How do we account for religion - its origin, its development, and even its persistence in modern society? This is a question which has occupied many people in a variety of fields for quite a long time. At one point, the answers were framed in purely theological and religious terms, assuming the truth of Christian revelations and proceeding from there. In the 18th and 19th centuries, a more "naturalistic" approach developed. Instead of needing to believe in the truth of the religion, what was required was just the opposite: intellectual detachment and a suspension of belief. Three people who ended up doing just that were Karl Marx, Emile Durkheim and Max Weber.
Marx studied philosophy in Berlin under William Hegel. Hegel's philosophy had a decisive influence upon Marx's own thinking and theories. According to Marx, religion is an expression of material realities and economic injustice. Thus, problems in religion are ultimately problems in society. Religion is not the disease, but merely a symptom. It is used by oppressors to make people feel better about the distress they experience due to being poor and exploited. This is the origin of his comment that religion is the "opium of the people." "People do not have an objective view of the world; they see it from the restricted point of view of their own positions."(p.35) At times I may seem to be focusing more on economic rather than religious theory, but that is because Marx's basic stance is that everything is always about economics.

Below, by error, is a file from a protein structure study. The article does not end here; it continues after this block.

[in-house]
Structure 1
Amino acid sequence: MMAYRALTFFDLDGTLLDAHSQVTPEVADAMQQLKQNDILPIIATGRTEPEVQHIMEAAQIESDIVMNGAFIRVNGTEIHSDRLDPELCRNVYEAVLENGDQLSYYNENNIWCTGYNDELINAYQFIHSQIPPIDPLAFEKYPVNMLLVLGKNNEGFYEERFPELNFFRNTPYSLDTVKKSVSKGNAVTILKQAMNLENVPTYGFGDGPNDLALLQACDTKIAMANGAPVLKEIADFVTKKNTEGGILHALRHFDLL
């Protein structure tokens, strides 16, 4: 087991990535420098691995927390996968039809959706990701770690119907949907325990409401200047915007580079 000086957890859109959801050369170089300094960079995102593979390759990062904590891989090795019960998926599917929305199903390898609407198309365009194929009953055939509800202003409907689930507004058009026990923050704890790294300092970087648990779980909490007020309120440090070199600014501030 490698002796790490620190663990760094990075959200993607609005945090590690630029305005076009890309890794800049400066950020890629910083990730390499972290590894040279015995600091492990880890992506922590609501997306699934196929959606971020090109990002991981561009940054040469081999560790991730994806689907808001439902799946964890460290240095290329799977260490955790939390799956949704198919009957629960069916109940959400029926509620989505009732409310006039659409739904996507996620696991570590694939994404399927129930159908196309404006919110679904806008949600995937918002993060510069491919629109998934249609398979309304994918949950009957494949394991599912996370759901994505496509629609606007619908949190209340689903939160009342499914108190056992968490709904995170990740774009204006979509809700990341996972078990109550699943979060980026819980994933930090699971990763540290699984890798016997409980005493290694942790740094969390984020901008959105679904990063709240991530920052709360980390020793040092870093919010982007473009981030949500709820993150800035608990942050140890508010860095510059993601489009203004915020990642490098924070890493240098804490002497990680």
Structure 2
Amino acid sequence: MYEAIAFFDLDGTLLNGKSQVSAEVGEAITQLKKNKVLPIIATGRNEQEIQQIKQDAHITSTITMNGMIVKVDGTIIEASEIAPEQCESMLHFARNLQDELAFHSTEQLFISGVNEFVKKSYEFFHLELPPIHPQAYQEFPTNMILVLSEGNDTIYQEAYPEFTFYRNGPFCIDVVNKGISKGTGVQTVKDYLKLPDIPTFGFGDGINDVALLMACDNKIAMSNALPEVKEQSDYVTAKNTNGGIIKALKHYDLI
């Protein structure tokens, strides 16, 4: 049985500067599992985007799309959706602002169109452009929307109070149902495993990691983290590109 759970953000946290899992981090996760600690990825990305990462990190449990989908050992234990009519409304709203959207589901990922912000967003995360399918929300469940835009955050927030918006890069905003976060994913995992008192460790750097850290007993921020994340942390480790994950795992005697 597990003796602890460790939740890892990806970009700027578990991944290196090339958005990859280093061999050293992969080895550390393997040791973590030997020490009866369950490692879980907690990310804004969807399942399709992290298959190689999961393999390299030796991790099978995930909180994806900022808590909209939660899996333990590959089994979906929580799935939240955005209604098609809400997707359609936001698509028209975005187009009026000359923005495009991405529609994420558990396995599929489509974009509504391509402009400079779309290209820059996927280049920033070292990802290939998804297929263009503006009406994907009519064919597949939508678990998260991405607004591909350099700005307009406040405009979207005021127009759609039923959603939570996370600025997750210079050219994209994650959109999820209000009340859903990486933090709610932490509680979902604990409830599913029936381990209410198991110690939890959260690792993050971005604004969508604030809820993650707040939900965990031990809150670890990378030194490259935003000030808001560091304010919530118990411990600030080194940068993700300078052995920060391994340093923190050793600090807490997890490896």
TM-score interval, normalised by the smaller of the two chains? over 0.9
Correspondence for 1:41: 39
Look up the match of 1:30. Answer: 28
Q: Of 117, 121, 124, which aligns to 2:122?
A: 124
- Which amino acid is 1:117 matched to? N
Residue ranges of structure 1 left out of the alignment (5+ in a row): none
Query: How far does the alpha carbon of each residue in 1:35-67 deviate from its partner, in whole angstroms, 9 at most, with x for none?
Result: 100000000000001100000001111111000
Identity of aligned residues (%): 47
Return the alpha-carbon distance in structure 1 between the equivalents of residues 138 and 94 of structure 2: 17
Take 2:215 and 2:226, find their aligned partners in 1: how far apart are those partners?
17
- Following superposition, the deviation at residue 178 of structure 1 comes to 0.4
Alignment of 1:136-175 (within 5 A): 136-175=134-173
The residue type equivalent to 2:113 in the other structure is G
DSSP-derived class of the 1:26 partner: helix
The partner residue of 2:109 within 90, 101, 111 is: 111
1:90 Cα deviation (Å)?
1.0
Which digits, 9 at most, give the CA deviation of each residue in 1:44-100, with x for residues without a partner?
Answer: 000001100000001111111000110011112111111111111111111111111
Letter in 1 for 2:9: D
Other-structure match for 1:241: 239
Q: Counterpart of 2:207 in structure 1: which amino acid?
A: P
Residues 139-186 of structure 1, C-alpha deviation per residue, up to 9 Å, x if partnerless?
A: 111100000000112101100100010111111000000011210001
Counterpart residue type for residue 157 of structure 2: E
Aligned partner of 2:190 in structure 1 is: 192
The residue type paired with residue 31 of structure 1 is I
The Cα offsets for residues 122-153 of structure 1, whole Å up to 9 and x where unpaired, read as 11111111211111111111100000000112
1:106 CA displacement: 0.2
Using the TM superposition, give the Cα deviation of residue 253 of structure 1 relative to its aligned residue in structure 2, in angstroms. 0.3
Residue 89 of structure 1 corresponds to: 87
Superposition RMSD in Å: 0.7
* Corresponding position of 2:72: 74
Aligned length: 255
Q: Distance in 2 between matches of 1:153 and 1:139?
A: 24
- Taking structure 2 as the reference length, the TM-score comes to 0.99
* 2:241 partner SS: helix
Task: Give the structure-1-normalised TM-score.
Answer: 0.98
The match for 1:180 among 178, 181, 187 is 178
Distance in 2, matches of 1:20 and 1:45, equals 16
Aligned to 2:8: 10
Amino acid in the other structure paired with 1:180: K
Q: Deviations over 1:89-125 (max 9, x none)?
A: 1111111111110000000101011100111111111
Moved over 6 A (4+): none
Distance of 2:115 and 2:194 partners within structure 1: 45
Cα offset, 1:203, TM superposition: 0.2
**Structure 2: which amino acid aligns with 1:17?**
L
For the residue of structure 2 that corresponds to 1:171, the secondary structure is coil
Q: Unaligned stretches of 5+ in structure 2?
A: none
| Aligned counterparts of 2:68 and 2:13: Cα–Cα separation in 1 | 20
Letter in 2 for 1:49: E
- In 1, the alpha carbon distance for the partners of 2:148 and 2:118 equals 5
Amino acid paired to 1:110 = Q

According to Marx, humans - even from their earliest beginnings - are not
motivated by grand ideas but instead by material concerns, like the need to eat and survive. This is the basic premise of a materialist view of history. At the beginning, people worked together in unity and it wasn't so bad. But eventually, humans developed agriculture and the concept of private property. These two facts created a division of labor and a separation of classes based upon power and wealth. This material organization of society is what Marx calls "class consciousness." This, in turn, created the social conflict that drives society.
All of this is made worse by capitalism which only increases the disparity between the wealthy classes and the labor classes. Confrontation between them is unavoidable because those classes are driven by historical forces beyond anyone's control. Capitalism also creates one new misery: exploitation of surplus value.
For Marx, an ideal economic system would involve exchanges of equal value for equal value, where value is determined simply by the amount of work put into whatever is being produced. Capitalism interrupts this ideal by introducing a profit motive - a desire to produce an uneven exchange of lesser value for greater value. Profit is ultimately derived from the surplus value produced by workers in factories.
A laborer might produce enough value to feed his family in two hours of work, but he keeps at the job for a full day - in Marx's...